Financial Firms Fail To Own Up To Advisers’ Past Misdeeds On New Form CRS (Jason Zweig & Andrea Fuller, Wall Street Journal) – At the end of June, the SEC’s new Regulation Best Interest took effect, along with the newly mandated Form CRS (Customer Relationship Summary) intended to detail crucial information that consumers must know when evaluating financial advisors and who to work with, and intended per SEC Chairman Clayton’s own words to be a “clear and concise” document where “no existing disclosures provide the level of transparency and comparability that the relationship summary will provide”. However, now that Form CRS is out, an analysis by the Wall Street Journal found that out of 8,100 firms reviewed, 3,100 had a legal or disciplinary history that should have been disclosed… and only 1,800 of them actually did so, resulting in 1,300 firms that claimed they had a ‘clean’ regulatory record when they did not (or nearly 20% of the total firms that reported they had a clean history). And in many cases, the disclosure failures were material, including a firm that had misrepresented and improperly disclosed its fees; firms where employees were fined for allegations of forgery, impersonating customers, or selling unsuitable investments; and including 318 employees with not just customer disputes but criminal infractions that weren’t disclosed. In a handful of situations, firms outright disputed their own filings, claiming a clean regulatory record on Form CRS even as their SEC registration documents stated otherwise. Which means ultimately, Form CRS was supposed to be the one centralized document to coalesce and highlight material regulatory disclosures, but instead, over 40% of the firms with such disclosures are failing to do so and/or are outright implying they don’t have any regulatory blemishes instead of Form CRS highlighting that they do. In some cases, firms have insisted that the only ‘disclosable’ events were based on actions that reps took at prior firms, before joining their current firms – and that the current firm therefore shouldn’t be obligated to disclose an incident that didn’t happen on their watch – yet with research showing a high rate of recidivism amongst brokers with problematic regulatory histories, the irony is that such situations are exactly one of the scenarios Form CRS disclosures were intended to make more transparent for consumers. Fortunately, scrutiny from the Wall Street Journal itself is leading many firms to ‘update’ their Form CRS with the correct information… but the question now is whether the SEC will step up enforcement of its own disclosure rules that so many firms apparently aren’t honoring?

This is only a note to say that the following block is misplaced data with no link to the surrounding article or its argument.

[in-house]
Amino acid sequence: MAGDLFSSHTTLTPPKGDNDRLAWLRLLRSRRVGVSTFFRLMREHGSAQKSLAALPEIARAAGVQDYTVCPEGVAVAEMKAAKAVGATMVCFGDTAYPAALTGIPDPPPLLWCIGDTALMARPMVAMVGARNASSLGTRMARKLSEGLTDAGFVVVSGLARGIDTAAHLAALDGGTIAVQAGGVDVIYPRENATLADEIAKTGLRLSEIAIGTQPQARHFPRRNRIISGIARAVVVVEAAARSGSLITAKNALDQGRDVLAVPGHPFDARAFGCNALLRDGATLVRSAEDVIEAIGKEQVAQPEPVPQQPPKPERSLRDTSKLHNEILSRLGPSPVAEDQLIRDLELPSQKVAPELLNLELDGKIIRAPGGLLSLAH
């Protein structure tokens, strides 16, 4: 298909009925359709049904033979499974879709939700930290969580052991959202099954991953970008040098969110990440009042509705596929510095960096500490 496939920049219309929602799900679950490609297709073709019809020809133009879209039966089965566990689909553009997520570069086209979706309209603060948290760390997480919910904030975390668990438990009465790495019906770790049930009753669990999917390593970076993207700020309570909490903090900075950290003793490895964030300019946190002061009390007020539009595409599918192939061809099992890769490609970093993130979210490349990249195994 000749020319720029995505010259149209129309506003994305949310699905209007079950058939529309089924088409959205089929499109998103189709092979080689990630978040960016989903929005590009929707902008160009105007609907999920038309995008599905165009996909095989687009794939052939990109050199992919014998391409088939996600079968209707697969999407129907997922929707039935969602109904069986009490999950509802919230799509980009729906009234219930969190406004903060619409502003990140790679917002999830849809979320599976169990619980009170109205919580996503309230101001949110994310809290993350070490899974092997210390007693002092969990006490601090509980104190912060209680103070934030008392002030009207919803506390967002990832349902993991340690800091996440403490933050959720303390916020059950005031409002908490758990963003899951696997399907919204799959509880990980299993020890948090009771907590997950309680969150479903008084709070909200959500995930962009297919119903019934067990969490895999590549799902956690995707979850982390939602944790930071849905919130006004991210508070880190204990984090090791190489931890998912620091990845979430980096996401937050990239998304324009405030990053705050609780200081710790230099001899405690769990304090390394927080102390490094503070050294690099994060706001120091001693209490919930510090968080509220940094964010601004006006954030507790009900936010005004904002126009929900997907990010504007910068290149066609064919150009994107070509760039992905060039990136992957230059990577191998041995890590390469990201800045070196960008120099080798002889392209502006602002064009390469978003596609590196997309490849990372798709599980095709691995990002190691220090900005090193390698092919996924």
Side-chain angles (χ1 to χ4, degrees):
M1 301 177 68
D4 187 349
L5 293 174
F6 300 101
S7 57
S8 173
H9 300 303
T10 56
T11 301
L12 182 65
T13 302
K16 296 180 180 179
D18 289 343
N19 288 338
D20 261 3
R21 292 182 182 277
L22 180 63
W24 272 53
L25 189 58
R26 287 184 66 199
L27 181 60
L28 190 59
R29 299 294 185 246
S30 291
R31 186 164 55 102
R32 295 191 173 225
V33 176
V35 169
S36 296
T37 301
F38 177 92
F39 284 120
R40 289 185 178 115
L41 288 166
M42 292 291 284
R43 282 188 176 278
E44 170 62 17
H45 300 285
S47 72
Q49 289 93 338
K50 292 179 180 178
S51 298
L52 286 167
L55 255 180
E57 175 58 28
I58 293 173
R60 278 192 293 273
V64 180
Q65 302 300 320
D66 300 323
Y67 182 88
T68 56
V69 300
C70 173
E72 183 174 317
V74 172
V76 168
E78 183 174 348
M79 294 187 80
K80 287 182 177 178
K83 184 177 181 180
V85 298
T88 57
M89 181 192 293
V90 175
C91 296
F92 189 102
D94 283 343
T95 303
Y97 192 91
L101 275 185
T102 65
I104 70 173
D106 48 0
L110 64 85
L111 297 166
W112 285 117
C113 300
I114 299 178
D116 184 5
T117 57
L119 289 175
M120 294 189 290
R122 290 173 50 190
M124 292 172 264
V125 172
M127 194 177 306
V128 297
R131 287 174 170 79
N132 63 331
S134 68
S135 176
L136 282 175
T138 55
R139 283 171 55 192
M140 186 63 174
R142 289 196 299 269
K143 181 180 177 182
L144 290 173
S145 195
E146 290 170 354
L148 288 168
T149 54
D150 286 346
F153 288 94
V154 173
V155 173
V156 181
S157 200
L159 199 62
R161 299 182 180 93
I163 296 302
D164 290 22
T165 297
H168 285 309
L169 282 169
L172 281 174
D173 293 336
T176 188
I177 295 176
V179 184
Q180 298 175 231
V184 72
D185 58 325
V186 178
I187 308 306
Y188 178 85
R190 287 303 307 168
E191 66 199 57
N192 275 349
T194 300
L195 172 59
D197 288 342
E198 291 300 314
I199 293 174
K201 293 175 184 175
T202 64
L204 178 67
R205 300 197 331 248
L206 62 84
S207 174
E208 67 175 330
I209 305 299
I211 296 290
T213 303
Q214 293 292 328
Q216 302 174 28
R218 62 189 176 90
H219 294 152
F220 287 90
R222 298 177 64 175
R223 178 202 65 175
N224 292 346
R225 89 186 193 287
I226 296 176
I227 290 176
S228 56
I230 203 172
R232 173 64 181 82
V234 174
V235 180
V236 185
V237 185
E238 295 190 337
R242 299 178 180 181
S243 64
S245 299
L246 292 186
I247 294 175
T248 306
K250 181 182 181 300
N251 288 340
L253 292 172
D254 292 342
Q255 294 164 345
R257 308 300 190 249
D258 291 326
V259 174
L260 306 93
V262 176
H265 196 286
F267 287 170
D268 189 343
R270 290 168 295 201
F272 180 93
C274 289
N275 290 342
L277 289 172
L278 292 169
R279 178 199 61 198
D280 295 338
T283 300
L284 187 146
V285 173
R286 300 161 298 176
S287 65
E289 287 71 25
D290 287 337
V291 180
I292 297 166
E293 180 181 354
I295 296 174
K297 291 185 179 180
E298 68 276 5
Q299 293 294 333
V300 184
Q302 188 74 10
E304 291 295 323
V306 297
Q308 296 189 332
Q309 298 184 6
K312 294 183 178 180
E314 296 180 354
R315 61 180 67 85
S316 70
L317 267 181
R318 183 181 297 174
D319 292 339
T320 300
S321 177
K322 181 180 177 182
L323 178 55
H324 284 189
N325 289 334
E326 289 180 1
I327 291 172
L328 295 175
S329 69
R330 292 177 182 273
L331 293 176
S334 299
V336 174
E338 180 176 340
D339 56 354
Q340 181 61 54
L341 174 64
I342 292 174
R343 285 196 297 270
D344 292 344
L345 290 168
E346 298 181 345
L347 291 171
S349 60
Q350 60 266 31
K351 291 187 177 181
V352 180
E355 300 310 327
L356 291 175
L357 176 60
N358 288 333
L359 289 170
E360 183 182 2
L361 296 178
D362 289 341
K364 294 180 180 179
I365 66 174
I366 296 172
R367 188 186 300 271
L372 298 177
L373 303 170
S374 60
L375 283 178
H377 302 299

Massachusetts Begins Enforcing Its Own Fiduciary Rule Despite Reg BI (Mark Schoeff, Investment News) – This week, the state of Massachusetts began to enforce its new fiduciary advice regulation that would require all financial advisors doing business in Massachusetts, whether operating as an RIA or a broker, to be held to a fiduciary standard regarding their investment recommendations. The move comes just two months after the SEC implemented its own Regulation Best Interest rule to lift standards on brokers, which Massachusetts maintains was not stringent enough given its failure to impose a full fiduciary duty on broker-dealer advice, resulting in their own state rule that heavily conforms to Regulation Best Interest but still imposes a higher, more stringent fiduciary level of accountability. The big question at this point, though, is how exactly the rule will be enforced, and to what extent Massachusetts’ State Secretary Galvin will take regulatory action for fiduciary breaches. However, given that Massachusetts is already known for its aggressive regulatory enforcement, the question is likely not if but simply when Massachusetts will begin to enforce its rule, and what the first cases will be (which will likely be viewed as a signal of where Massachusetts is focusing its fiduciary regulatory efforts first). And with other states including New Jersey and Nevada considering similar measures, Massachusetts has also effectively become a test case for state fiduciary rulemaking that, if successful in enforcement, may become a template for other states in the future… at least, if the industry doesn’t legally challenge the Massachusetts rule and try to kill it first?